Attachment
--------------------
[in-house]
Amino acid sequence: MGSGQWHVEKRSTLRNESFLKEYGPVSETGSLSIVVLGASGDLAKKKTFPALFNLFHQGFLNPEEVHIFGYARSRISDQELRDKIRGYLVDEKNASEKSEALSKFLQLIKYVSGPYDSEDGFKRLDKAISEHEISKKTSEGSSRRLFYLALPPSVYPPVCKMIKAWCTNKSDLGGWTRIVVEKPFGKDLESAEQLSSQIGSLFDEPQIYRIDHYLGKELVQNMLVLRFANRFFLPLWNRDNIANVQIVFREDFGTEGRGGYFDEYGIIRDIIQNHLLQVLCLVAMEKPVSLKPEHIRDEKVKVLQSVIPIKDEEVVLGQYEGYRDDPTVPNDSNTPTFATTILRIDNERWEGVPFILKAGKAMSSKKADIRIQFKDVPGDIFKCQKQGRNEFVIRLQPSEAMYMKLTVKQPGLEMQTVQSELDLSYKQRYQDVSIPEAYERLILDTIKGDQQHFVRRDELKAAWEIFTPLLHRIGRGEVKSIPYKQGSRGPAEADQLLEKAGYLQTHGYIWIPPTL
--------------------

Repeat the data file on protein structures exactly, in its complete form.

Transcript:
[in-house]
Amino acid sequence: MGSGQWHVEKRSTLRNESFLKEYGPVSETGSLSIVVLGASGDLAKKKTFPALFNLFHQGFLNPEEVHIFGYARSRISDQELRDKIRGYLVDEKNASEKSEALSKFLQLIKYVSGPYDSEDGFKRLDKAISEHEISKKTSEGSSRRLFYLALPPSVYPPVCKMIKAWCTNKSDLGGWTRIVVEKPFGKDLESAEQLSSQIGSLFDEPQIYRIDHYLGKELVQNMLVLRFANRFFLPLWNRDNIANVQIVFREDFGTEGRGGYFDEYGIIRDIIQNHLLQVLCLVAMEKPVSLKPEHIRDEKVKVLQSVIPIKDEEVVLGQYEGYRDDPTVPNDSNTPTFATTILRIDNERWEGVPFILKAGKAMSSKKADIRIQFKDVPGDIFKCQKQGRNEFVIRLQPSEAMYMKLTVKQPGLEMQTVQSELDLSYKQRYQDVSIPEAYERLILDTIKGDQQHFVRRDELKAAWEIFTPLLHRIGRGEVKSIPYKQGSRGPAEADQLLEKAGYLQTHGYIWIPPTL